Stories about Spanish from February, 2011
On February 19th, Spanish newspaper El Pais released a cable stating that "Fernando Rospigliosi, former Minister of the Interior in the government of Alejandro Toledo, asked the assistance of the United States Embassy to carry a campaign against Ollanta Humala." Peruvian bloggers and Twitter users quickly reacted to the cable that rocked the local political environment during an election year.
As we have witnessed in the last month, there are moments in civic life that drive citizens to change and challenge institutions, to create solutions and to express their concerns about things that matter. In a short interview with Renata Avila for the Technology for Transparency Network, Manuel Aristarian, an...
Relations between Mexico and France have been strained due to the kidnapping conviction of French national Florence Cassez in Mexico City. Cassez was arrested in 2006, accused of kidnapping charges and sentenced to 60 years in prison.
Gonzalo A. Luengo O. compiled a long list of tweets [es] from February 27, 2010, when an 8.8-magnitude earthquake hit Chile at 3:34 a.m. local time.
Latin American news channel teleSUR managed earlier this week to send several journalists into Tripoli to cover the ongoing uprising in Libya. Nonetheless, its coverage, which seems quite different to the one provided by other international news media, has caught the attention of many Latin American netizens.
A new policy preventing opinion polls from being conducted anonymously caused a storm in the press and on social networking sites. Finally, faced with a barrage of questions from the public and the press over its conduct, the National Jury of Elections was forced to retract the regulation.
The school year is starting in Chile, and Enzo Abbagliati in Cadaunadas wonders, “why aren't textbooks in Chile digital?” after he spent almost $300 USD in textbooks for his son. He presents possible advantages to giving schoolchildren electronic textbooks they could read on a tablet or e-reader.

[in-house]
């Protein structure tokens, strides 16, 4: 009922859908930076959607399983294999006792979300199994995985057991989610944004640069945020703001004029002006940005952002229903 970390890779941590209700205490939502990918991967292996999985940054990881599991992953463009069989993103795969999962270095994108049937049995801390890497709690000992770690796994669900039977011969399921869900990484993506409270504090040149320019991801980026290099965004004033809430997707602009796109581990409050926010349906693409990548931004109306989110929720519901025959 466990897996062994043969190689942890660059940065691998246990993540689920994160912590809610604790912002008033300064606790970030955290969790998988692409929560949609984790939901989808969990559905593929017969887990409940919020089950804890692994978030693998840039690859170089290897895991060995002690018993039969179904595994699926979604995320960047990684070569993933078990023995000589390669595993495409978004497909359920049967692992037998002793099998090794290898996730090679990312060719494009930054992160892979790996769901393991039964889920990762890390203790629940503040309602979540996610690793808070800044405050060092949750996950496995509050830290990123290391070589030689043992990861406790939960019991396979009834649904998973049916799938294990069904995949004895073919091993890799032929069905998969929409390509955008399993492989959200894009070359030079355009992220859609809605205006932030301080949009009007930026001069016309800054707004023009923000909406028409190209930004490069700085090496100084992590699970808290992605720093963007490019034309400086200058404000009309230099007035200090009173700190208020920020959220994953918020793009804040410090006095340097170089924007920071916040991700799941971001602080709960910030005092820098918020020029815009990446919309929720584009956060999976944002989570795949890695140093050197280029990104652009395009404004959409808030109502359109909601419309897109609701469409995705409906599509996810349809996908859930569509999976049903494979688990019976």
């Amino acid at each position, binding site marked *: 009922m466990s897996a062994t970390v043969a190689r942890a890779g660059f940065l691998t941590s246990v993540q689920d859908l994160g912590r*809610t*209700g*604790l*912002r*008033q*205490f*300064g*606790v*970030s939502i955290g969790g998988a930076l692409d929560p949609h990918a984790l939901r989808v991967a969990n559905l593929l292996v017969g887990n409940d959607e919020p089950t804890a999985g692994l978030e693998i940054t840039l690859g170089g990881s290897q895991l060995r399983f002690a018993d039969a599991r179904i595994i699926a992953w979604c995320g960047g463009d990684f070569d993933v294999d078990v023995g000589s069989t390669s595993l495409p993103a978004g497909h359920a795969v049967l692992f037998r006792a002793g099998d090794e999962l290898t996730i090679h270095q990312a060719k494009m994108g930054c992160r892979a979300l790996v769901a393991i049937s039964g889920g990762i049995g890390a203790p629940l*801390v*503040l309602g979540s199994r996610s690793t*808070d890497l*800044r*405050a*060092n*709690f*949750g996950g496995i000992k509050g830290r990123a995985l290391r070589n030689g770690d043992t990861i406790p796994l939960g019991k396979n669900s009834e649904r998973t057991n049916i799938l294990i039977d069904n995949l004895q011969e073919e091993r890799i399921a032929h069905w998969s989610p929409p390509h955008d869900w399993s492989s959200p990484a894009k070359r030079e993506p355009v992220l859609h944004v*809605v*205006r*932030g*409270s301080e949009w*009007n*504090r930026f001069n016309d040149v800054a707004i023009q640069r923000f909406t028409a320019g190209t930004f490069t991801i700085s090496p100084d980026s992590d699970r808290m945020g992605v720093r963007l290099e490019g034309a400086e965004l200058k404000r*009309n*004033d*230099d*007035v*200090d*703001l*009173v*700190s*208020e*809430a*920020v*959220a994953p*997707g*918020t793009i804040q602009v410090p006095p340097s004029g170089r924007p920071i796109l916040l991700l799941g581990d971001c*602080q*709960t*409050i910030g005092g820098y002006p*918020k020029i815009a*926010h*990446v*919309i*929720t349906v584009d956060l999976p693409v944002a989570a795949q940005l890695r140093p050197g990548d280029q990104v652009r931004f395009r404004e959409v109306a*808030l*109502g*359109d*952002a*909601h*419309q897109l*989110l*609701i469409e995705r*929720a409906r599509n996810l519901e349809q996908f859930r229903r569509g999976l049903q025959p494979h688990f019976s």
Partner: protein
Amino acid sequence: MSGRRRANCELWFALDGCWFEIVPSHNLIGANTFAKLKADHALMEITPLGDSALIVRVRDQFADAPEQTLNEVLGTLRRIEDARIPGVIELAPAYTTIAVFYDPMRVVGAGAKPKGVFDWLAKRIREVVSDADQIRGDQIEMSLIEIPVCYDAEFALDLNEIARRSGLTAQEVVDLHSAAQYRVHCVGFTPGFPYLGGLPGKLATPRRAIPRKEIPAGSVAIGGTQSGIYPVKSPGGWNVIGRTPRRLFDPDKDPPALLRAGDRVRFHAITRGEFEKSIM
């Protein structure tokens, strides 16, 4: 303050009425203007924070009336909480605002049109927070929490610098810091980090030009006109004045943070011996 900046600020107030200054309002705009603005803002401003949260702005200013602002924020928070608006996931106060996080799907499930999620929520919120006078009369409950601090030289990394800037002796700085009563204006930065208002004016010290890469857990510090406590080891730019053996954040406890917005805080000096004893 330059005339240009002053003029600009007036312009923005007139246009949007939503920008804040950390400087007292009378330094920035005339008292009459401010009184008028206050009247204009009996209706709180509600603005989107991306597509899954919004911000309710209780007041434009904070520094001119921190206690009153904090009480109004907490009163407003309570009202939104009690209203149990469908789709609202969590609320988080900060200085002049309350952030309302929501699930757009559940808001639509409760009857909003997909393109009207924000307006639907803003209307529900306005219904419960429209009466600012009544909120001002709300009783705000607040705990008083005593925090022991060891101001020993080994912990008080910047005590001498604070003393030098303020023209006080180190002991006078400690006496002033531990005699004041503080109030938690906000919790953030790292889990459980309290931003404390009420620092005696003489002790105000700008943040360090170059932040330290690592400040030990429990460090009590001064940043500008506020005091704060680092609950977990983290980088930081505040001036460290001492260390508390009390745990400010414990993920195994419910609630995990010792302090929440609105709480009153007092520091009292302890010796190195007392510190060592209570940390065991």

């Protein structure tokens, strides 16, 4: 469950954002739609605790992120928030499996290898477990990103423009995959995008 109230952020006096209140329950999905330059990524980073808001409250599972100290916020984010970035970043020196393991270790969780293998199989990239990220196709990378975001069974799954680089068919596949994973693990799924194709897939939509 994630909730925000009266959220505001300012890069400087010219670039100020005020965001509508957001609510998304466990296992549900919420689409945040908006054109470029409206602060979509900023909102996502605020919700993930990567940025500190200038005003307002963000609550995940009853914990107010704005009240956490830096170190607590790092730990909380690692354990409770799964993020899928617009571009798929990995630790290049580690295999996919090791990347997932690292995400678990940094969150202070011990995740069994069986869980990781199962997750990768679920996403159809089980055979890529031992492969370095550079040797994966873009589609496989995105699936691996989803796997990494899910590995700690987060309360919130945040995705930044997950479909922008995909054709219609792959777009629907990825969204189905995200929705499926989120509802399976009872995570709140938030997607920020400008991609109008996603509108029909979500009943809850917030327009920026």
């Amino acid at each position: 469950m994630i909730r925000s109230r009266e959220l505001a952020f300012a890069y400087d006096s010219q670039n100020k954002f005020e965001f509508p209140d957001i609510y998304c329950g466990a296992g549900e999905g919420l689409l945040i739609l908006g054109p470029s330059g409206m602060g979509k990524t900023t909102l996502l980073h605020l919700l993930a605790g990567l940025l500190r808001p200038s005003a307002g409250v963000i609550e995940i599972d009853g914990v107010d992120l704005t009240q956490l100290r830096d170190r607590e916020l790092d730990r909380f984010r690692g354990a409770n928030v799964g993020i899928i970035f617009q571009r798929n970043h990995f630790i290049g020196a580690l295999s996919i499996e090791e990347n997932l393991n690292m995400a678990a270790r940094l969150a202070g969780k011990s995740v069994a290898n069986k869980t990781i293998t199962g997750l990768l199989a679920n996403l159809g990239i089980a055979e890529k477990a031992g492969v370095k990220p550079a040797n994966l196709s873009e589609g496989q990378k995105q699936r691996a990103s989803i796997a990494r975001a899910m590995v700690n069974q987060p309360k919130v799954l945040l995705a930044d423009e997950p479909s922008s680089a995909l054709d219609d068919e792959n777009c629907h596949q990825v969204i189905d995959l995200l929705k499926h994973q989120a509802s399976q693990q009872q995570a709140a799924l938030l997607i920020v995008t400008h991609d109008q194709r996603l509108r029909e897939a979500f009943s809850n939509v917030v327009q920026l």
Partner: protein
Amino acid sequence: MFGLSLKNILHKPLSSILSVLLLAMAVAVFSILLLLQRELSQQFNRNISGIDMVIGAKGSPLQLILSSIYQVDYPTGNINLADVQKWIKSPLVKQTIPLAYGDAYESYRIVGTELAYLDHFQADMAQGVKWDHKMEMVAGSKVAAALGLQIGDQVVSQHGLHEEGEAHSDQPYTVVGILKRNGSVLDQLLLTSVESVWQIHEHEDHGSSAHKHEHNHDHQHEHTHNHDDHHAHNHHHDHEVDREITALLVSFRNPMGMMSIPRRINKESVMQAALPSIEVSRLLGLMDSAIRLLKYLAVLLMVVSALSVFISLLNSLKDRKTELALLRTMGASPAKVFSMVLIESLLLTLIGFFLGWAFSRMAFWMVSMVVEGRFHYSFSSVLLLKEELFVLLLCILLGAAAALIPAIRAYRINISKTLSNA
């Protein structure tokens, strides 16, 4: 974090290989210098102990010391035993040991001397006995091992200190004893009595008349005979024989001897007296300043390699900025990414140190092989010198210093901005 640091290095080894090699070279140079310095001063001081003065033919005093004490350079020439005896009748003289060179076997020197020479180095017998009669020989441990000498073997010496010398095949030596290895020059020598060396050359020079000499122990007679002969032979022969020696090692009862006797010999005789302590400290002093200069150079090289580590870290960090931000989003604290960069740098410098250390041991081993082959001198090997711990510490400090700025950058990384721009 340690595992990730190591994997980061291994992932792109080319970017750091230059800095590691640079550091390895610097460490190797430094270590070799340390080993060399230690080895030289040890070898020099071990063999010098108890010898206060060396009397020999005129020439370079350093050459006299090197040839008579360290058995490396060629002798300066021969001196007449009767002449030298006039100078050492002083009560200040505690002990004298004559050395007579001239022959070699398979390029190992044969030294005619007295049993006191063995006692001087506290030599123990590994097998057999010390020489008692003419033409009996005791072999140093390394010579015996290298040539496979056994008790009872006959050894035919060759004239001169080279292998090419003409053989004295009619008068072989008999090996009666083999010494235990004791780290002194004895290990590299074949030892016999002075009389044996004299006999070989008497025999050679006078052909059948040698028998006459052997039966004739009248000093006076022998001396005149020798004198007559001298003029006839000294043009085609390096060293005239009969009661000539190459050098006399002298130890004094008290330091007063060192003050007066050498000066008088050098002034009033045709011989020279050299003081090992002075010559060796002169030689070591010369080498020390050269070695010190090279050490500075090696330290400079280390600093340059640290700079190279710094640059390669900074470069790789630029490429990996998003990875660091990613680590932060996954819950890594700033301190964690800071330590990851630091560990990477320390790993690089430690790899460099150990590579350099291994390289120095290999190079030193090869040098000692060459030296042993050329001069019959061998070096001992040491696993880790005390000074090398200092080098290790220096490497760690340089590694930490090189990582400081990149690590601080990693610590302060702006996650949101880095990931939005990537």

In the last part of a series on WikiLeaks and Cuba, author Elaine Díaz analyzes the content of cables regarding the Cuban opposition and the role of bloggers.
No Somos Hormigas (We Are Not Ants) is a book and online platform; a Spanish-language project devoted to "educated optimism." Global Voices is mentioned in the book and online as an example of a project of social innovation.
The team of Esoez.com gave out the Esoez Awards to the best blogs [es] of Puerto Rico in 2010. The podcast En Profundo [es], the music blog Puerto Rico Indie [es], and the satire blog El ñame [es] are among the winners.
In a general student assembly yesterday, a majority of students of the main campus of the University of Puerto Rico voted in favor of ending the strike for one month [es], but they declared a one day walk out today as part of their protest initiatives against the imposition of...
Christian Ortega published the first episode of his regular web series "La Cabeza de Christian" back in the summer of 2009. Through LCC, as it is known for short, Christian generally speaks his mind about Puerto Rican politics, headline news, and his life on the island for seven to nine minutes at a time each week. Alfredo Richner interviews Christian about his online success, Puerto Rico's blogosphere, and the student strike at the University of Puerto Rico, among other topics.
A group of Law professors of the University of Puerto Rico have opened a section of their blog, Derecho al Derecho [es], to provide information on how lawyers can opt-out of a federal class suit against the Bar Association of Puerto Rico, an institution that has been practically dismantled by...
Juan Arellano in Globalizado [es] reports on reactions to a 2005 cable released by Wikileaks, which reveals that “Fernando Rospigliosi, former Minister of Interior in the administration of Alejandro Toledo, asked for the collaboration of the United States Embassy to carry out a campaign against Ollanta Humala.”
Cristian Cambronero from Fusil de Chispas [es] updates readers on the crowdfunding initiative for Costa Rican movie “The Return” on Kickstarter: the goal of $40,000 was reached in a little over 5 days, 41 days before the deadline on April 2.
Federico Lorenzo [es] provides a list of Uruguayan politicians on Twitter, grouped by their political party.
The approval of a coal mining mega-project in Isla Riesco, nature and protected species sanctuary in southern Chile, reveals a serious environmental conflict of interests that is being analyzed and denounced on the active Chilean social networks.
The cultural relationship between Brazil and Venezuela is commonly seen in the way carnival is celebrated and in the high ratings Brazilian soap operas have enjoyed in Venezuela for many years. But today, through blogs, MySpace and YouTube, Venezuelan groups are sharing their arrangements and interpretations of Brazilian music.
For nearly three years, Yoani Sánchez has called herself a “blind blogger.” Her blog, Generación Y, has been blocked in Cuba since March of 2008. But on February 8, the site was unblocked in Cuba.
A new video game, "Call of Juarez: The Cartel" by game developer Ubisoft, has drawn criticism from Mexican officials due to its allusions to the ongoing drug and gang violence in the country. But netizens are at odds about the game and the local politician's efforts to ban it.
Ciudad Juárez, en la sombra del narcotráfico [es] (“Ciudad Juárez, in the shadow of drug trafficking”) reports that on February 16, Malú García Andrade's house was set on fire. Malú is an activist against femicides and human trafficking. Her mother, Norma Andrade, is a co-founder of the non-profit “May our...